Asia was on the edge of an epic famine large enough to cause widespread death and civil unrest. Both the Ford and Rockefeller Foundation responded by founding and funding a thinktank to create higher-yield rice, the International Rice Research Institute (IRRI). Straightaway, they sent a team of mainly American scientists to research if anything could be done.
Genetic manipulation of plants and animals is ancient. For ages, humans have cross-bred different plants and animals to create entirely new versions. Broccoli, cauliflower, tomatoes, kale, bananas, and a myriad of other vegetables and fruits are the result of selective cross-breeding. Furthermore, cows, chickens, sheep, horses, and dogs are for the most part also human creations.
More recent genetic manipulation involves directly changing genetic material. However, these techniques did not exist at the time scientists worked on this problem.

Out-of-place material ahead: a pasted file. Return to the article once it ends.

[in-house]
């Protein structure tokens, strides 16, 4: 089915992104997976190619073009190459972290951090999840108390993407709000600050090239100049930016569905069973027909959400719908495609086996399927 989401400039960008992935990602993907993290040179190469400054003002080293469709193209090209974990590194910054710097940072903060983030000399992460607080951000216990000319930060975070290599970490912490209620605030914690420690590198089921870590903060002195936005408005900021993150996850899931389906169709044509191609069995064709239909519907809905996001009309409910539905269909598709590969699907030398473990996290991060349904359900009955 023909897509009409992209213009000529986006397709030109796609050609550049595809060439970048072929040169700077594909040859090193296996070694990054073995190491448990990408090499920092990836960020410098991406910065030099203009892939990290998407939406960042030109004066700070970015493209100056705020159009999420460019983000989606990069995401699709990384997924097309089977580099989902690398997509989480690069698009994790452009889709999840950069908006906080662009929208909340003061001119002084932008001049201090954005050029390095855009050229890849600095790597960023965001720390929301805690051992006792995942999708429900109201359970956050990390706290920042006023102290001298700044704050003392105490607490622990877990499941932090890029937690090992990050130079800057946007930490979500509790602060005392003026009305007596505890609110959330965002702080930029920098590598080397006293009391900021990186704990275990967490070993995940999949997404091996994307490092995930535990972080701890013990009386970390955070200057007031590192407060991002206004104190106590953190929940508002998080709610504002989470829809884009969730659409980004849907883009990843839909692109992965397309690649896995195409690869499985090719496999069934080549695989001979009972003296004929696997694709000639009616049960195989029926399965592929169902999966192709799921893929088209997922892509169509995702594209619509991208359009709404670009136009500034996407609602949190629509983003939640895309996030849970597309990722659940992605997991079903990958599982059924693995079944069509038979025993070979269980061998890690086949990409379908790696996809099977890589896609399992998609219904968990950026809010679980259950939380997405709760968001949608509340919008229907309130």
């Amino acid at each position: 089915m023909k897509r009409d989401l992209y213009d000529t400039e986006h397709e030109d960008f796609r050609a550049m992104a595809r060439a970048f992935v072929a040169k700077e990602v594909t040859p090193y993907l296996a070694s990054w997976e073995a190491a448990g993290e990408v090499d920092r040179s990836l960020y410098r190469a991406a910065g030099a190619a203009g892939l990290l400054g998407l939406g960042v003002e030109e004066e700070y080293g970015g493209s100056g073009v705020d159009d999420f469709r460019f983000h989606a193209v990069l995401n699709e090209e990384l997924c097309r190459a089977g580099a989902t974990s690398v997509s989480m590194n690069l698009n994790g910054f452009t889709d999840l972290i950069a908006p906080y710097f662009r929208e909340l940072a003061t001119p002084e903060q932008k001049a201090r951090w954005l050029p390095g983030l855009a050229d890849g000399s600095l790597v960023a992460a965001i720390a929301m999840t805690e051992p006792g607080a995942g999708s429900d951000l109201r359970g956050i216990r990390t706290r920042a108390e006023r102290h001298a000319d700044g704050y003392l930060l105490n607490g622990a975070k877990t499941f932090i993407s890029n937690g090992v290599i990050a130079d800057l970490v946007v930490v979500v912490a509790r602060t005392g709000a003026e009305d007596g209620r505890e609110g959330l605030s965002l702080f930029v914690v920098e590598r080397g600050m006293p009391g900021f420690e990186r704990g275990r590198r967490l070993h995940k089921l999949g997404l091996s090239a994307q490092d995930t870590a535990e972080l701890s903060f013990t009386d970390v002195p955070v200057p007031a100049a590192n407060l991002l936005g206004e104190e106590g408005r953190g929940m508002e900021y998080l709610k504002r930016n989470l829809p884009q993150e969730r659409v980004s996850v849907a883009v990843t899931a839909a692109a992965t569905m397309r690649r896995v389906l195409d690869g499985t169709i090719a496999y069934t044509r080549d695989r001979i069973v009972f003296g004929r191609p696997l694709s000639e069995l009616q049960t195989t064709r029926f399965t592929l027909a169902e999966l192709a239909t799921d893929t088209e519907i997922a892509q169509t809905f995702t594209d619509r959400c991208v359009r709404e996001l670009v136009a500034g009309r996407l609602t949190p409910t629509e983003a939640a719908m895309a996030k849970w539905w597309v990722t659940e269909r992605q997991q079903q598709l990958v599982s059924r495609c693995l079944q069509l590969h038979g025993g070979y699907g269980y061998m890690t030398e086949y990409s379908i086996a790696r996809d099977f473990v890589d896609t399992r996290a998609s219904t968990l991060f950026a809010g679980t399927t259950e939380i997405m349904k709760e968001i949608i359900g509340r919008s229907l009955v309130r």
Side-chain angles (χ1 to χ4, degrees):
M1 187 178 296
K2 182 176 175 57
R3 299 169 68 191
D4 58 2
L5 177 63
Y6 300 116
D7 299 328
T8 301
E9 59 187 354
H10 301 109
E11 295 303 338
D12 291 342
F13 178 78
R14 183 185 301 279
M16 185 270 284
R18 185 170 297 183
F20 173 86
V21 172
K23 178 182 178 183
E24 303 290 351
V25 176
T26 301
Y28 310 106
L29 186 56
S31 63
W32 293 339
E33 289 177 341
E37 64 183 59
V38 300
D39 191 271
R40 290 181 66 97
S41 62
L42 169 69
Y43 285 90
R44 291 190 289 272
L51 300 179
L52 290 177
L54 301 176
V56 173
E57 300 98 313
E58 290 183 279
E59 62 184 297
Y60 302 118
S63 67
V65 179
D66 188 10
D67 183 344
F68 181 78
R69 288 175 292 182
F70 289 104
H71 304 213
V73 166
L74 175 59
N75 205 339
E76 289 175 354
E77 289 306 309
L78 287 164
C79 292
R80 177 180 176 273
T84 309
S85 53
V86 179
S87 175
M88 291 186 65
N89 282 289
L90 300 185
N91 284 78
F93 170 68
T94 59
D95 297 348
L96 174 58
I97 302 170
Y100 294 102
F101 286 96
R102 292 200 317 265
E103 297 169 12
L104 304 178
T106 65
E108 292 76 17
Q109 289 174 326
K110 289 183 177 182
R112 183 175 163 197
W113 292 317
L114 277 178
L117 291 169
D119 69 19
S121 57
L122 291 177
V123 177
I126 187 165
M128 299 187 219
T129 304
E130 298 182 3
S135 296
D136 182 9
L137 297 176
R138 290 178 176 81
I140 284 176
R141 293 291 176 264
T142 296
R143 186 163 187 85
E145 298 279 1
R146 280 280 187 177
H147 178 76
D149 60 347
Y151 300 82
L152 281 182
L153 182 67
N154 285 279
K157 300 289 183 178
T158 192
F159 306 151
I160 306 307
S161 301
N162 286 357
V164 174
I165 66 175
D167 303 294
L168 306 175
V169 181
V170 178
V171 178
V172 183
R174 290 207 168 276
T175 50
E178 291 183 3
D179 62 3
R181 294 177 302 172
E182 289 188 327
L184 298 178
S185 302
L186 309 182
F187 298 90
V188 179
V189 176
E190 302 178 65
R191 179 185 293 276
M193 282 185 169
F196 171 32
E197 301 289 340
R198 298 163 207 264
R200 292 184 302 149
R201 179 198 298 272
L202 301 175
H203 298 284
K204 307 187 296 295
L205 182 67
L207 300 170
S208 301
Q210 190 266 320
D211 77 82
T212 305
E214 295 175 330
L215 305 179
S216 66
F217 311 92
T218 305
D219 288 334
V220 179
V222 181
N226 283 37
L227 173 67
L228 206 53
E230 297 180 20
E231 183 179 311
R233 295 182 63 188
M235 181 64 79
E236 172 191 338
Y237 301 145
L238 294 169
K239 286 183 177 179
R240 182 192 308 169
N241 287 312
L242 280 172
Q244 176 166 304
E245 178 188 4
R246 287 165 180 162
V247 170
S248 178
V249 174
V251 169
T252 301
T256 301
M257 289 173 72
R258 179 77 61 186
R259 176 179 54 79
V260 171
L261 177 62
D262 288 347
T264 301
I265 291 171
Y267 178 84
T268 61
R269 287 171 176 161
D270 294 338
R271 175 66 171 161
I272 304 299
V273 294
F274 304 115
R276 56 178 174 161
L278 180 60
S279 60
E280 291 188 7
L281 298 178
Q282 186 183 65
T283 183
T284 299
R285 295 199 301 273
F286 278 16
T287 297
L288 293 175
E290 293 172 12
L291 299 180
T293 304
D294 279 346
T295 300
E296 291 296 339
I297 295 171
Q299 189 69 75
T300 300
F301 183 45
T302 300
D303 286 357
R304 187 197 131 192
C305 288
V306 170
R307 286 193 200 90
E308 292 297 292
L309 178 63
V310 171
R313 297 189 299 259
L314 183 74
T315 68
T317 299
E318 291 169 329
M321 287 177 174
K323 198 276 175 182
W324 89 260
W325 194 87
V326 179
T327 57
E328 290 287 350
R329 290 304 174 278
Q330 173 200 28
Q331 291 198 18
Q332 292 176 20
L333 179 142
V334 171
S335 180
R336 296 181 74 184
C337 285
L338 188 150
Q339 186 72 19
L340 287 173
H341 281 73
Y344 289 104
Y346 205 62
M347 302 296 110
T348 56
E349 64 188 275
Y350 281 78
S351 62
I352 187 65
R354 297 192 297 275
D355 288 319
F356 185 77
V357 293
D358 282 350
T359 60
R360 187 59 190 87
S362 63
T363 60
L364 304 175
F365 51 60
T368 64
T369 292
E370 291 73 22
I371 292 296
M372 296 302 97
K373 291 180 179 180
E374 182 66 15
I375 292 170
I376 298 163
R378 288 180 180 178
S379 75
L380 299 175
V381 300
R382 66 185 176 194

Eventually, IRRI scientists cross-bred over 10,000 varieties of rice and, eventually, found one that yielded 8-10 times the output of any individual rice strain. Specifically, their rice crossed a high-yield short strain from Indonesia with a low-yield tall strain from China. Unquestionably, the resulting rice averted a dire famine and fed countless hungry mouths.
To this day, IR8 rice continues to sell though newer strains produce even higher-yield and specialty rice. In 2019, IR8 and similar rice feeds approximately 700 million people daily.